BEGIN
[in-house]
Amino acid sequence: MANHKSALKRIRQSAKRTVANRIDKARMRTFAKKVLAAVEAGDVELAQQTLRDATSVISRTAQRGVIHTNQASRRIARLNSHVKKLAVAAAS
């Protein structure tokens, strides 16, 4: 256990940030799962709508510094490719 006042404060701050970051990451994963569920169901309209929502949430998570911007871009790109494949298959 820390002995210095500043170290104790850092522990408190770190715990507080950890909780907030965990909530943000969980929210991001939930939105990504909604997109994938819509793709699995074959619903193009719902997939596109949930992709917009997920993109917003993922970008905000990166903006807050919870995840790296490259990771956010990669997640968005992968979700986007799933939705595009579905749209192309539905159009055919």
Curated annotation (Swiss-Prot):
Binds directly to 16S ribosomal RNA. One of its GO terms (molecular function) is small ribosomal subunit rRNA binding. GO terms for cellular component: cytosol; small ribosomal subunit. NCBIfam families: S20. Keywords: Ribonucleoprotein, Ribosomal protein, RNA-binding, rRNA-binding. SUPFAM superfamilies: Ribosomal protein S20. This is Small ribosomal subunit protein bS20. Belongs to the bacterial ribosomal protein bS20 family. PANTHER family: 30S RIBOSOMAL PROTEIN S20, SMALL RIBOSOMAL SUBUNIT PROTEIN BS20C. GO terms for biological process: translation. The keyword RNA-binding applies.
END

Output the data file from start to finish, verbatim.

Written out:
[in-house]
Amino acid sequence: MANHKSALKRIRQSAKRTVANRIDKARMRTFAKKVLAAVEAGDVELAQQTLRDATSVISRTAQRGVIHTNQASRRIARLNSHVKKLAVAAAS
């Protein structure tokens, strides 16, 4: 256990940030799962709508510094490719 006042404060701050970051990451994963569920169901309209929502949430998570911007871009790109494949298959 820390002995210095500043170290104790850092522990408190770190715990507080950890909780907030965990909530943000969980929210991001939930939105990504909604997109994938819509793709699995074959619903193009719902997939596109949930992709917009997920993109917003993922970008905000990166903006807050919870995840790296490259990771956010990669997640968005992968979700986007799933939705595009579905749209192309539905159009055919």
Curated annotation (Swiss-Prot):
Binds directly to 16S ribosomal RNA. One of its GO terms (molecular function) is small ribosomal subunit rRNA binding. GO terms for cellular component: cytosol; small ribosomal subunit. NCBIfam families: S20. Keywords: Ribonucleoprotein, Ribosomal protein, RNA-binding, rRNA-binding. SUPFAM superfamilies: Ribosomal protein S20. This is Small ribosomal subunit protein bS20. Belongs to the bacterial ribosomal protein bS20 family. PANTHER family: 30S RIBOSOMAL PROTEIN S20, SMALL RIBOSOMAL SUBUNIT PROTEIN BS20C. GO terms for biological process: translation. The keyword RNA-binding applies.